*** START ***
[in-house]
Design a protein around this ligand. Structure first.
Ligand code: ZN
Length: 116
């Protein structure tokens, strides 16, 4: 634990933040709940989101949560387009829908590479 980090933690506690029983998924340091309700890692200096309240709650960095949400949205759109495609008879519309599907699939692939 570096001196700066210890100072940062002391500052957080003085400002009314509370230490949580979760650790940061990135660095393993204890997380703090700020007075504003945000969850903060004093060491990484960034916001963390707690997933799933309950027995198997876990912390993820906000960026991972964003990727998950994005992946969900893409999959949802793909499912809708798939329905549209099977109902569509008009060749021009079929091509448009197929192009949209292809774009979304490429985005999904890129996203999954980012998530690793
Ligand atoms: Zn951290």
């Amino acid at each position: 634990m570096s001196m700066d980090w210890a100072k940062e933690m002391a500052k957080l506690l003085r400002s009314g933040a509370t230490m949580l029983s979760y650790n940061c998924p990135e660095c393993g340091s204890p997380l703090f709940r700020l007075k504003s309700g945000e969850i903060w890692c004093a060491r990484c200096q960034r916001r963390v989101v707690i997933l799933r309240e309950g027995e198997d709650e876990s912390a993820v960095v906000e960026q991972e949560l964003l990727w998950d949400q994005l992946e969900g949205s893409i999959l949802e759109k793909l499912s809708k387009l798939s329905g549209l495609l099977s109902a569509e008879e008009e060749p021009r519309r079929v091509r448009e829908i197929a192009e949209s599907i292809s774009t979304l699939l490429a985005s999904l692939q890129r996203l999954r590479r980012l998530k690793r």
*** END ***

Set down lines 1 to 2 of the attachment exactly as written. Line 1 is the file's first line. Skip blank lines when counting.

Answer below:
[in-house]
Design a protein around this ligand. Structure first.